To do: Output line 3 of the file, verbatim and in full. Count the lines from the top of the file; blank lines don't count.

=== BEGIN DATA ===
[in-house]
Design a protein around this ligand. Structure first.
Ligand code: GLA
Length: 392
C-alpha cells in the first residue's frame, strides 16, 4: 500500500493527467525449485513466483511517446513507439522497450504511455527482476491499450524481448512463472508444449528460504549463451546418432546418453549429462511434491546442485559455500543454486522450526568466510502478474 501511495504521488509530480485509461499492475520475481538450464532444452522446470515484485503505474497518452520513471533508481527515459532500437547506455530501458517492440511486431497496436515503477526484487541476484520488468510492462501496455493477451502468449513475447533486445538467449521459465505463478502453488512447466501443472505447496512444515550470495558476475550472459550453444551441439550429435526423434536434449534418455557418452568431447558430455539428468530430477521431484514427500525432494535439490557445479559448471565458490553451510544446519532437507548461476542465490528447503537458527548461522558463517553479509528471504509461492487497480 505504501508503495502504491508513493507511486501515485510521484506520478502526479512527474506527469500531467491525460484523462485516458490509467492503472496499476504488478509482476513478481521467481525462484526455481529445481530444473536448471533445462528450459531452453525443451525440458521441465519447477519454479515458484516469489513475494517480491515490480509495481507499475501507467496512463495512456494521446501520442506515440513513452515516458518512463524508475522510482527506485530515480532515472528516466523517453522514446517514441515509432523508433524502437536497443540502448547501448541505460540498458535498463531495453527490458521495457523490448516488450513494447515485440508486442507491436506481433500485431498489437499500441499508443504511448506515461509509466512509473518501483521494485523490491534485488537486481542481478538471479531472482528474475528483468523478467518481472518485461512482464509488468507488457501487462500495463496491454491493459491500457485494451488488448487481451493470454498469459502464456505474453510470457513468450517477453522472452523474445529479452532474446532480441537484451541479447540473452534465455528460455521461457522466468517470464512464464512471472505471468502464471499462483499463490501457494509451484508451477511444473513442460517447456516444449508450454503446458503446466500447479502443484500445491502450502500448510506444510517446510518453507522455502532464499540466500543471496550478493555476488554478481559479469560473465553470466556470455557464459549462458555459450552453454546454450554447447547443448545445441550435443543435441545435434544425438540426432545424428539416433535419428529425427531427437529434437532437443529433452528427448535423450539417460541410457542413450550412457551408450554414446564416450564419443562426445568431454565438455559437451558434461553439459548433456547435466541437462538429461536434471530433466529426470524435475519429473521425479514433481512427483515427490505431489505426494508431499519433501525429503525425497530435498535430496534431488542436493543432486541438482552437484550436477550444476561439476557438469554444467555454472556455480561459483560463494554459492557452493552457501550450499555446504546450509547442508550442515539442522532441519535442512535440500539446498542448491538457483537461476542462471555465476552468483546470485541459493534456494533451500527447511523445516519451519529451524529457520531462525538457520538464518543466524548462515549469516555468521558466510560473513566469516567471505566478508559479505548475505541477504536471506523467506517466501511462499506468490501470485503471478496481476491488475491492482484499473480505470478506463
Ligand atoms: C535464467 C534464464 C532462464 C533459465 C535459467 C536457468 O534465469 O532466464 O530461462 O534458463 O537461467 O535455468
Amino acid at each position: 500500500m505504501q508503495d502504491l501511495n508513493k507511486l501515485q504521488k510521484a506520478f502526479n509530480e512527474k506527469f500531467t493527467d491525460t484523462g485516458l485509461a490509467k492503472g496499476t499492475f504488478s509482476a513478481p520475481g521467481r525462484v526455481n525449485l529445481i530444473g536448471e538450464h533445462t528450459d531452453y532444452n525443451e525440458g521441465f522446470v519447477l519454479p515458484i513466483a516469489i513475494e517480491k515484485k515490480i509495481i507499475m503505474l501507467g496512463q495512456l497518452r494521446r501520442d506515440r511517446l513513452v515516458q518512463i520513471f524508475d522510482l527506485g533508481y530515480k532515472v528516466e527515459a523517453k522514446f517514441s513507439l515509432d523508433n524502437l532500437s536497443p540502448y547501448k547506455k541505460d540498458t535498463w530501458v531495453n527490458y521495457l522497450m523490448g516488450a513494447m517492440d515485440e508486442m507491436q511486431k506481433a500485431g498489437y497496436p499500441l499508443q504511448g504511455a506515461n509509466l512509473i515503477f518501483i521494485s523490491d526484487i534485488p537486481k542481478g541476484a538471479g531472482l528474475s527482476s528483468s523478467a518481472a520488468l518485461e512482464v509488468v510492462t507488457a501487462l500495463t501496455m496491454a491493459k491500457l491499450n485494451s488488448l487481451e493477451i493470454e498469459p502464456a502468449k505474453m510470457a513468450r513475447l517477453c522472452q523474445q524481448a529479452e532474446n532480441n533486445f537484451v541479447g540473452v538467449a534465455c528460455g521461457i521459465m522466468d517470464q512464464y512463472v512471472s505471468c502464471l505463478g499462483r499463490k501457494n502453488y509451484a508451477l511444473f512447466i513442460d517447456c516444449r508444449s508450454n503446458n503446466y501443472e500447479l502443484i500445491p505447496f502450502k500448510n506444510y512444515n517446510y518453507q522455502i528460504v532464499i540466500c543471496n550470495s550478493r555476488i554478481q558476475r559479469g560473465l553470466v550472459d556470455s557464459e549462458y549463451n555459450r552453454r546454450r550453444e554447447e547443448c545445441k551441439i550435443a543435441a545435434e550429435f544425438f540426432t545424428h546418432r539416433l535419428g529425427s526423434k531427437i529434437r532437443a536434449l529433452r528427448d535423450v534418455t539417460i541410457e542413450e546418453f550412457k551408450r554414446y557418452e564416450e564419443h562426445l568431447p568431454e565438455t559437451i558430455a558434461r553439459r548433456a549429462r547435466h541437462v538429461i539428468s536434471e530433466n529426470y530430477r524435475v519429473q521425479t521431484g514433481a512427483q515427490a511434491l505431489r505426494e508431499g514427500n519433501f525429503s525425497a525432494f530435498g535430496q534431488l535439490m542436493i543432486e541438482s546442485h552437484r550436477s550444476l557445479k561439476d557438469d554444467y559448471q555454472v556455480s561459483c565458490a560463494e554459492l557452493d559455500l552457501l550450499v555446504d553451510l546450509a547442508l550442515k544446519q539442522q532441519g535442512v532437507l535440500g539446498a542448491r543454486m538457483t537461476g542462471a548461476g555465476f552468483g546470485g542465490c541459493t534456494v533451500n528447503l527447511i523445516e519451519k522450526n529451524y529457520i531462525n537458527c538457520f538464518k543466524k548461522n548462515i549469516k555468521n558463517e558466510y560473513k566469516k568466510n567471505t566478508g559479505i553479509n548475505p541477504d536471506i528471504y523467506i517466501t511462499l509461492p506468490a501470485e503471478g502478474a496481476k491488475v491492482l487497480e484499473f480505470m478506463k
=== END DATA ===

Ligand code: GLA